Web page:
Stottler Leaves Indelible Impression Upon Brevard

By  //  April 22, 2012

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BREVARD COUNTY, FLORIDA – Rick Stottler guided two Florida Tech men’s soccer teams to national titles.

That won’t be his only legacy in Brevard County, as he has been honored with a posthumous induction into the Space Coast Sports Hall  of Fame in May.

PAIR OF HALL OF FAMERS: Rick Stottler, left, with Tommy Lasorda.
PAIR OF HALL OF FAMERS: Rick Stottler, left, with Tommy Lasorda. ( image)

Stottler, with the help of his assistant coach Giles Malone, recruited several players from the United Kingdom and other foreign countries to play soccer for the Panthers during his 14-year tenure as the head coach.

A lot of those standout players remained in Brevard County or Central Florida after they received their degrees. Most of them were successful in their business pursuits and nearly all of them became youth soccer coaches.

It wasn’t an accident when Brevard County high schools started winning state championships in both girls and boys soccer.

Fitzgerald Haig built the girls soccer program at Satellite High School into a state power.

Robin Chan inherited a solid foundation as coach of the boys soccer team at Melbourne Central Catholic High School before churning out regular appearances in the State Final Four and state championships when penalty kick shootouts against Miami Gulliver Prep didn’t get in the way.

Both now are coaches at Florida Tech.

Haig became the first women’s soccer coach at the school, and Chan took over as the men’s coach after Stottler’s successor struggled to maintain the same level of excellence.

Haig is orginally from Haiti. Chan is a native of Malaysia, who lived in London before coming to the United States.

Bino Campanini, Eddie Enders, Steve Freeman, Dylan Lewis and James Phillips are among the other former players who have been youth soccer coaches in the area.


Stottler, a successful Brevard County businessman who was born on Jan. 28, 1935, died Dec. 2, 2010 at Wuesthoff Hospital after a long illness.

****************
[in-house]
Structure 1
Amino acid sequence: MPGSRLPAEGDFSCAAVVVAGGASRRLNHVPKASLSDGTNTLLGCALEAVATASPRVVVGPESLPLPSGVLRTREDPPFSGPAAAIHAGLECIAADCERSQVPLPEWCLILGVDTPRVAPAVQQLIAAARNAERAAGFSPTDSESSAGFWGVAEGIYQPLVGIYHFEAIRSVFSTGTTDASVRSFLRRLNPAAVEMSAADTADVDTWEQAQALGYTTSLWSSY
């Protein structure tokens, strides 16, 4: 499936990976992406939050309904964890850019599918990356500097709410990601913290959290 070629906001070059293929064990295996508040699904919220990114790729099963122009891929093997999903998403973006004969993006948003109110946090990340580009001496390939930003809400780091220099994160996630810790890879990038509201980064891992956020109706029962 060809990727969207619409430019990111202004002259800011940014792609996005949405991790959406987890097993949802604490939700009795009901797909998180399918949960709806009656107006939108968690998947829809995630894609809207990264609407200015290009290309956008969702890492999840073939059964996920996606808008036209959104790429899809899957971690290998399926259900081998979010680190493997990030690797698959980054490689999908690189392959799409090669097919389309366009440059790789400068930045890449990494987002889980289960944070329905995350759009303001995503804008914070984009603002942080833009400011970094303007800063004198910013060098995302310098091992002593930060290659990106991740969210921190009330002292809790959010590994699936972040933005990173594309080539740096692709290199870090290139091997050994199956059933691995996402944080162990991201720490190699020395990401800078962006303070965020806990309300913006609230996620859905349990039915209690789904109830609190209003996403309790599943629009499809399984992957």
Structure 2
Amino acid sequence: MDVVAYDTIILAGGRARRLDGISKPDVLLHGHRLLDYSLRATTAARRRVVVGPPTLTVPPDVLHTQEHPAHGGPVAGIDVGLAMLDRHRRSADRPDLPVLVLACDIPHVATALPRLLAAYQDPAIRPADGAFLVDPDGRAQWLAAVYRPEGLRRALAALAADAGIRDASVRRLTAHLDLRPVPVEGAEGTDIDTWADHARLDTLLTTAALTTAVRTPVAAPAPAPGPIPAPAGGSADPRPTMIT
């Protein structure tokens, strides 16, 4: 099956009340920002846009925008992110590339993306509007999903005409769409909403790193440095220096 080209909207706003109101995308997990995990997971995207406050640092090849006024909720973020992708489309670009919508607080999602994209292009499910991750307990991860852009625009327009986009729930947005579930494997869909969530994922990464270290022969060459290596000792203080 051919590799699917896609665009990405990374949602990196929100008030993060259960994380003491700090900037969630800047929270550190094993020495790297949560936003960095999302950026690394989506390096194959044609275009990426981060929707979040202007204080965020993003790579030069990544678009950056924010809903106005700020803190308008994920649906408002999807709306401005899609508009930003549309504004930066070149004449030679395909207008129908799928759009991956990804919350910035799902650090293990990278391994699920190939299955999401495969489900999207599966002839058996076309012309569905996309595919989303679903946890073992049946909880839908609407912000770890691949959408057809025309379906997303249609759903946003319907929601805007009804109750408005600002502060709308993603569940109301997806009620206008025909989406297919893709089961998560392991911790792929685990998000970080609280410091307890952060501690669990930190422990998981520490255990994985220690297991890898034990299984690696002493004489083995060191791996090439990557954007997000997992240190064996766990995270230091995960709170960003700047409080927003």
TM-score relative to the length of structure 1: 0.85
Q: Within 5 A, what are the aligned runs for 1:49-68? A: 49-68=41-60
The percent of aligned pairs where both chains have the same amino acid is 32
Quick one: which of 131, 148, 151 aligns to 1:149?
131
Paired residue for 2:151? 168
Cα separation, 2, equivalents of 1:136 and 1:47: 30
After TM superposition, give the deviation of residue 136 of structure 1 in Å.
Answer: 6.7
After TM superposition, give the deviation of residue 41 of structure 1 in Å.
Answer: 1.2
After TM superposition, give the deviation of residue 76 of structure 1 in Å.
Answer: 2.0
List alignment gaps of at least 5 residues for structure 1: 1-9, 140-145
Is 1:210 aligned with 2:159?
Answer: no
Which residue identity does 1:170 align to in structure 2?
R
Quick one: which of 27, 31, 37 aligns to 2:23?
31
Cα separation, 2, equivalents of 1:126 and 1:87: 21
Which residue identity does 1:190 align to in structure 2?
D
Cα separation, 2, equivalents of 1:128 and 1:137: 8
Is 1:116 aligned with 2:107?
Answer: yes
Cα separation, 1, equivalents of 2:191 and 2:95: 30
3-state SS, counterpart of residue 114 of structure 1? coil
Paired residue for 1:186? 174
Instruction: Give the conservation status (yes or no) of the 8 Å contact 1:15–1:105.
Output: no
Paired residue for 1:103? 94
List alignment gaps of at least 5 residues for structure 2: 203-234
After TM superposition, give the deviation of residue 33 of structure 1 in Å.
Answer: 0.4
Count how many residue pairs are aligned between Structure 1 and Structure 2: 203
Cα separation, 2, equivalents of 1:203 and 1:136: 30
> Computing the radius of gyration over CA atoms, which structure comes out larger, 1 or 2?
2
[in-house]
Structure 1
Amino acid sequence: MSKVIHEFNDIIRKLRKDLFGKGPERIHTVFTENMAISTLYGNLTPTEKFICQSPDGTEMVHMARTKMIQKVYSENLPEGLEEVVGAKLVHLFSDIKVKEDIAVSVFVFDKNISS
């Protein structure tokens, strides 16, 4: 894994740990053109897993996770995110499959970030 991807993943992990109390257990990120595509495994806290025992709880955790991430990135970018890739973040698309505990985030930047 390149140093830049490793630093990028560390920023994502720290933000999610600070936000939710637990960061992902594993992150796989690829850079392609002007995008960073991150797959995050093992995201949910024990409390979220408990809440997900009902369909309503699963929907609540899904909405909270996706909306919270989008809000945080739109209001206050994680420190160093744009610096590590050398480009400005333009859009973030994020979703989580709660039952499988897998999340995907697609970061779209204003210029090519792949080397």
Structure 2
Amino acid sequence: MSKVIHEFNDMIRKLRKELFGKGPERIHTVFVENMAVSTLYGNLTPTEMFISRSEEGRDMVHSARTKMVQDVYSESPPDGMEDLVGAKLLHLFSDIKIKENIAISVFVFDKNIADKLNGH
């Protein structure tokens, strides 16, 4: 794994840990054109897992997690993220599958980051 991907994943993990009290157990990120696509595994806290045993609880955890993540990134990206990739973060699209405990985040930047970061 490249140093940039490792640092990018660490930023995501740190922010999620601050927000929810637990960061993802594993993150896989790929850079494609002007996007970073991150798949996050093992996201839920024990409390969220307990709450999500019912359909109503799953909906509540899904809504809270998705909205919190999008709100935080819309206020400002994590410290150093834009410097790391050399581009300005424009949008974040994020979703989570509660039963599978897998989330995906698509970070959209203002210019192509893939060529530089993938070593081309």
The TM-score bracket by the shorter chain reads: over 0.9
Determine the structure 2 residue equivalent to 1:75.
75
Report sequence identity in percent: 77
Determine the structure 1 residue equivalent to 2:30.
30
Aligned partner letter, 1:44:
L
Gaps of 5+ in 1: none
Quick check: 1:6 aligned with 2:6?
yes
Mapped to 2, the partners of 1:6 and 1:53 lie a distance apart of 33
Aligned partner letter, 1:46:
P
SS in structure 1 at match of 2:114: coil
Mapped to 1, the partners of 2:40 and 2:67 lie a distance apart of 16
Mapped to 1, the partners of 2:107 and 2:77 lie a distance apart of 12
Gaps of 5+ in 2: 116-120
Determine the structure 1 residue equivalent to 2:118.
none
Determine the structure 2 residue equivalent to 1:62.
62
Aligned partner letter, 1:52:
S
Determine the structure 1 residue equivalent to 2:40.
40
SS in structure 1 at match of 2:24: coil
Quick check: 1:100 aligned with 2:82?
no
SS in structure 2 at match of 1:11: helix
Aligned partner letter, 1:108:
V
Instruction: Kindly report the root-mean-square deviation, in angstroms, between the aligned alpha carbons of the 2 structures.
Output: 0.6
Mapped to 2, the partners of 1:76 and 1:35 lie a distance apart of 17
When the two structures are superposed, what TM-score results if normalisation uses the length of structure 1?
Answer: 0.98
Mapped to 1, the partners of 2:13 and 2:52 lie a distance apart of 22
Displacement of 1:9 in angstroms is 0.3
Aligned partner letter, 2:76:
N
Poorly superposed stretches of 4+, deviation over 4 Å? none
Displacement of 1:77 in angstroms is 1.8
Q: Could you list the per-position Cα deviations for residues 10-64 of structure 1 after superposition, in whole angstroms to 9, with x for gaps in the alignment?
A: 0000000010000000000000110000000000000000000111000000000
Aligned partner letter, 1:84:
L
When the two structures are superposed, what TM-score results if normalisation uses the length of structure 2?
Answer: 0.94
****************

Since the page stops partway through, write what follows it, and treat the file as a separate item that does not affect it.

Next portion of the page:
He was a native of Wolcott, N.Y. He came to Cocoa Beach in 1958 and created Stottler, Stagg and Associates shortly thereafter. He played four years of soccer for the University of Maryland, where he earned a degree in civil engineering.

Stottler was the boys’ soccer coach at Cocoa Beach Jr./Sr. High School before becoming the head coach at Florida Tech in 1986.

The Panthers posted a record of 190-66-12 during Stottler’s 14 years as the coach. The .731 winning percentage is among the best all-time in NCAA Division II men’s college soccer.

In 1988, Florida Tech defeated host school Cal State Northridge 3-2 to win the NCAA Division II title. The team finished with a 15-6 record.

Florida Tech players hoist Rick Stottler in the air after winning their first mens' soccer national title in 1988. (Florida Tech image)

The Panthers won the national title again in 1991, trouncing Sonoma State 5-1 on Florida Tech’s old home field on campus. Florida Tech posted a 19-2-1 record that season.

Stottler was named the NCAA Division II Coach of the Year in 1991, the South Region Coach of the Year in 1991 and the Sunshine State Conference Coach of the Year in both 1988 and 1989. He was inducted into the Florida Tech Hall of Fame in 2001.

In 2001-2002, Stottler was inducted into the Sunshine State Conference Hall of Fame with rival coaches Adrian Bush of Tampa and Sam Koleduk of Saint Leo.

At the urging of Florida Tech vice president Tom Adams, Stottler became Florida Tech’s soccer coach in 1986. Adams was the former Lieutenant Governor of Florida.


Stottler was very generous in raising money for Florida Tech. The soccer field at the F.W. Olin Sports Complex is named Rick Stottler Field.

He also helped Crisis Services of Brevard (211 Brevard) and the Central Brevard Humane Society with its popular “Paws at the Pier” annual fundraising event at the Cocoa Beach Pier.

Stottler and his business partners acquired Cocoa Expo in 1985 after the Houston Astros decided to conduct spring training in Kissimmee the previous year.

The facility became a popular place for youth soccer tournaments and youth baseball tournaments.

The Cocoa Expos men’s soccer team, which played in two different divisions in the United Soccer Leagues, and the Brevard County Cocoa Expos, a women’s team in the USL’s W-League, also were popular and both teams were owned by Stottler and his partners.

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